US Has ‘Deep Concerns’ About CCP Base in Cuba: Blinken

US Has ‘Deep Concerns’ About CCP Base in Cuba: Blinken
Chinese leader Xi Jinping (R) receives U.S. Secretary of State Antony Blinken prior to their meeting at the Great Hall of the People in Beijing on June 19, 2023. (Leah Millis/AFP via Getty Images)
Andrew Thornebrooke

The Biden administration is voicing its concerns about proposed Chinese military facilities in Cuba after downplaying the existence of such facilities in recent weeks.

Secretary of State Antony Blinken said that he raised the issue with China’s communist leadership during a trip to Beijing over the weekend.

“This is something we’re going to be monitoring very, very closely and we’ve been very clear about that,” Blinken said during a June 20 press conference in London.

“We will protect our homeland. We will protect our interests.”

Blinken’s comments referred to reports that the Chinese Communist Party (CCP), which rules China as a single-party state, is working to develop a spying facility and military training base in Cuba, 100 miles off the coast of Florida.

Blinken said that he expressed to CCP leadership that the United States “would have deep concerns about [Chinese] intelligence or military activities in Cuba.”

Chinese Troops on America’s Doorstep

Blinken’s comments follow several revelations as to the extent of the China’s presence in Latin America and the Caribbean.
Earlier in the month, a Wall Street Journal report said that the CCP was in negotiations to develop a massive spy base in Cuba, which would allow the regime to illicitly intercept American communications.
The White House initially pushed back on the report, claiming that it was inaccurate and denying any knowledge of such a deal. Just days later, however, the administration acknowledged that a CCP spy facility had been operating in Cuba since 2019.
New reports have now highlighted that the regime’s ambitions go beyond spying, and the White House has acknowledged reports that Beijing is in negotiations with Cuba to develop a military base to train Cuban soldiers.

National Security Council spokesperson John Kirby acknowledged the development, but shrugged off the possibility of Chinese troops in America’s backyard, saying that there was nothing surprising about a CCP training facility in Cuba.

“It’s no secret or surprise that [China] has been trying to improve their reach and their intelligence capabilities in the Western hemisphere,” Kirby said during a June 20 press call.

“That includes the relationship they have had for quite some time with Cuba.”

Kirby did not acknowledge the specifics of the CCP-Cuba deal. The Wall Street Journal, which originally broke the story, reported that the military training facility could lead to the stationing of Chinese troops in Cuba, and claimed that the Biden administration was taking steps to try to prevent its construction.

The lack of transparency about CCP military activities so close to the U.S. homeland has raised alarm bells in Congress, with House Speaker Kevin McCarthy (R-Calif.) blaming a lack of leadership at the executive level for allowing the current state of affairs to come to pass.

“We cannot allow China to build something like that this close to our land,” McCarthy told The Epoch Times.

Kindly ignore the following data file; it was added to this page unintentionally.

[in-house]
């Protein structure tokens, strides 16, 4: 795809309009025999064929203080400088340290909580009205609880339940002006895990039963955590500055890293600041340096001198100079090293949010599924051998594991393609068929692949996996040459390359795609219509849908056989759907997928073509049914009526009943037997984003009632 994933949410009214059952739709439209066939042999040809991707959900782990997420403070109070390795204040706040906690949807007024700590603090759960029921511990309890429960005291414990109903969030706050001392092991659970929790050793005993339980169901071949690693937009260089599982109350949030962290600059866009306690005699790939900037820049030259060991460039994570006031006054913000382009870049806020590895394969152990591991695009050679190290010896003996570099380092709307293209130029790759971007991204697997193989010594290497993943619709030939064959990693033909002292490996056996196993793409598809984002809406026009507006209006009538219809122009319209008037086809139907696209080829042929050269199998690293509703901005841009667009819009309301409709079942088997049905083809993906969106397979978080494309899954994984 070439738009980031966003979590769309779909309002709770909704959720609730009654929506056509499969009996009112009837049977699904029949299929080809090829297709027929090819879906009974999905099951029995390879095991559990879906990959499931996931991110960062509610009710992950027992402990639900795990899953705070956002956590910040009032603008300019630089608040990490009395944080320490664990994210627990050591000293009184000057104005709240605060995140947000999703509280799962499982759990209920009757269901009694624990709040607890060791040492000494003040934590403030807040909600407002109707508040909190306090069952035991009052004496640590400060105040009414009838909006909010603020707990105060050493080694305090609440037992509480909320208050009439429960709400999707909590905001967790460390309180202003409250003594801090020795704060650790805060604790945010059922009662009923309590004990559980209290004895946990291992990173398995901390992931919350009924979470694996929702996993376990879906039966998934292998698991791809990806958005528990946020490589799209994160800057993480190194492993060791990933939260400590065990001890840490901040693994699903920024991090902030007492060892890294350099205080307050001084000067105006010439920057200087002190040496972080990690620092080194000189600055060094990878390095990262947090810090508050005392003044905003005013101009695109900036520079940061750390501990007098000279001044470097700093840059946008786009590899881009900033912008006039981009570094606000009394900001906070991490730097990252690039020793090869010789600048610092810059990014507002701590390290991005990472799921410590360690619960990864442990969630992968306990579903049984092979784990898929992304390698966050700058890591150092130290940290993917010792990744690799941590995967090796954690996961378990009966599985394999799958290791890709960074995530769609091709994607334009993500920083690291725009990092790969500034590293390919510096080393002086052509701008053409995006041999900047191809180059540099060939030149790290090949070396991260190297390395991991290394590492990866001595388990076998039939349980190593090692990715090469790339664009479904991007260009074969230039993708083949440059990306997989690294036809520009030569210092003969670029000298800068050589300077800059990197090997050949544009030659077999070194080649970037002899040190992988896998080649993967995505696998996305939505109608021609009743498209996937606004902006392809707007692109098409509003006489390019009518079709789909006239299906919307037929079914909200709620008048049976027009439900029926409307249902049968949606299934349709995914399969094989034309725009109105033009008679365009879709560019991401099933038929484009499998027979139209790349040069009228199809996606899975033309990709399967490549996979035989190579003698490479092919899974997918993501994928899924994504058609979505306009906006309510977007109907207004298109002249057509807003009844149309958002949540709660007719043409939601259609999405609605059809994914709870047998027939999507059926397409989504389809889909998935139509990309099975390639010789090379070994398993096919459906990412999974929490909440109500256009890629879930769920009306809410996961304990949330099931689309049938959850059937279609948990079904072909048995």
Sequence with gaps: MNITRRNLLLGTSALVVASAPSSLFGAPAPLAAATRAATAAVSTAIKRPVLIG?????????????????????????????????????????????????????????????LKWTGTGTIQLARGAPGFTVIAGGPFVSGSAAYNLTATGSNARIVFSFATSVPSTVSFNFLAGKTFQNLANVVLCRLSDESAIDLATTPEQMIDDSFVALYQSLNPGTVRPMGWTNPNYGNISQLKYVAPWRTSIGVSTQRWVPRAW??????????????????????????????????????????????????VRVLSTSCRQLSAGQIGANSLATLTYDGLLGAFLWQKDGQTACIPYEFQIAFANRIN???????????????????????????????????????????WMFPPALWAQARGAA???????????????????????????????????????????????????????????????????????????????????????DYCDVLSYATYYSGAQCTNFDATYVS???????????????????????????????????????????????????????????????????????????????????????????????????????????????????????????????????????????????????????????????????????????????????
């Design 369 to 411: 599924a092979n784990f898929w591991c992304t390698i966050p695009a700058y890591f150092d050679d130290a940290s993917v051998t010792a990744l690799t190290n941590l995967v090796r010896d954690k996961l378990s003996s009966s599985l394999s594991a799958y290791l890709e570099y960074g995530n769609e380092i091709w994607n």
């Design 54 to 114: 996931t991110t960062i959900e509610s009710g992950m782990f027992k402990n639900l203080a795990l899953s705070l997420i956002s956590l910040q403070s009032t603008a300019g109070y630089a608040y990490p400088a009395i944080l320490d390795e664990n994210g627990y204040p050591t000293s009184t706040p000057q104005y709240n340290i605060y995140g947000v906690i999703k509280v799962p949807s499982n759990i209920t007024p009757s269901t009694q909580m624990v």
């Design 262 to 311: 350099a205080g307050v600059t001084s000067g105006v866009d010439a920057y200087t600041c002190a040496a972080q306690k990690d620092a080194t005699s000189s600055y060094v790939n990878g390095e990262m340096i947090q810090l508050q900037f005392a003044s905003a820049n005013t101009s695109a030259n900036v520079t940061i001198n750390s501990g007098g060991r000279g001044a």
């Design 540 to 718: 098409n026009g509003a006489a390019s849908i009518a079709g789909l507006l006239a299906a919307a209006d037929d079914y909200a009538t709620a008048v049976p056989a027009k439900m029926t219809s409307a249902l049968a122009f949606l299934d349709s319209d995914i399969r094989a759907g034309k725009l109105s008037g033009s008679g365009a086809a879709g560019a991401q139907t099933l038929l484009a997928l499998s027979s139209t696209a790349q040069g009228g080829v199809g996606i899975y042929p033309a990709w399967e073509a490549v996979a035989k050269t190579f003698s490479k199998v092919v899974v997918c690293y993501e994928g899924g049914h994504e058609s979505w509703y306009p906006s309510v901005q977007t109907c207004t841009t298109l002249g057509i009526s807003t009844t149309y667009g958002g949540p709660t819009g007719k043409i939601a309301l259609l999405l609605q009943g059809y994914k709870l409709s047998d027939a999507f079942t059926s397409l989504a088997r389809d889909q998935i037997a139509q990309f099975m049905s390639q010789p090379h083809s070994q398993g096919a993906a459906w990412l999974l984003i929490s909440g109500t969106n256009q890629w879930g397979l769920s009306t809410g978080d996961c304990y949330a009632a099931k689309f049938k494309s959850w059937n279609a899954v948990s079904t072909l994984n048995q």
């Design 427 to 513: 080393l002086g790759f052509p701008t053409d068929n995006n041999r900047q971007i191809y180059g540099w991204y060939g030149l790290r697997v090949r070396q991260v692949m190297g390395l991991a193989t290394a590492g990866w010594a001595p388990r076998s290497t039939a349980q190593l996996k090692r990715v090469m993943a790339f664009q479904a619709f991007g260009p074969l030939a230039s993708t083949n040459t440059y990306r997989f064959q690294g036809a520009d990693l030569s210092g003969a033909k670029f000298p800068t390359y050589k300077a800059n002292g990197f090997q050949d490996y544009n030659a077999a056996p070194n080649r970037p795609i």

“That shows a real lack of leadership from the aspect that they would even think about doing this. Especially when you have Secretary Blinken sitting in China right now and China have already sent a balloon across our country.”

Blinken Visit Stalls Freefall in Relations

Blinken is the highest-level U.S. official to set foot in China since President Joe Biden took office in 2021, is the first secretary of state to visit since 2018, when his predecessor, Mike Pompeo, visited China for one day.
Blinken had previously said that his China trip was aimed at building on the “productive discussion” that President Joe Biden and Xi had in November, when the two leaders met on the sidelines of the G-20 summit in Bali, Indonesia.
However, his originally scheduled trip to China in February was postponed in response to the discovery of a Chinese surveillance balloon flying over several states, which was shot down by the U.S. military.

At the time, Blinken said the incident “created the conditions that undermine the purpose of the trip.”

The Biden administration and CCP have tentatively agreed to stabilize relations following Blinken’s trip to Beijing.

No breakthroughs were reached during the secretary’s two days in communist China, but CCP leader Xi Jinping claimed the meeting was “progress,” and the two reportedly agreed that open conflict between the nations would be catastrophic.

Yang Tao, a senior official from China’s foreign ministry, said after the talks that China would continue its military communications blackout so long as U.S. sanctions on critical technologies and CCP personages continued.

When asked what progress the two sides had made, Yang said that China and the United States had agreed to prevent a further downward spiral in relations. China’s foreign minister, he added, would visit the United States in the future.

Biden said later on June 19 he thinks relations between the two countries are on the right path, and indicated that progress was made during Blinken’s trip.

Jackson Richman, Frank Fang, and Reuters contributed to this report.
Andrew Thornebrooke is a national security correspondent for The Epoch Times covering China-related issues with a focus on defense, military affairs, and national security. He holds a master's in military history from Norwich University.
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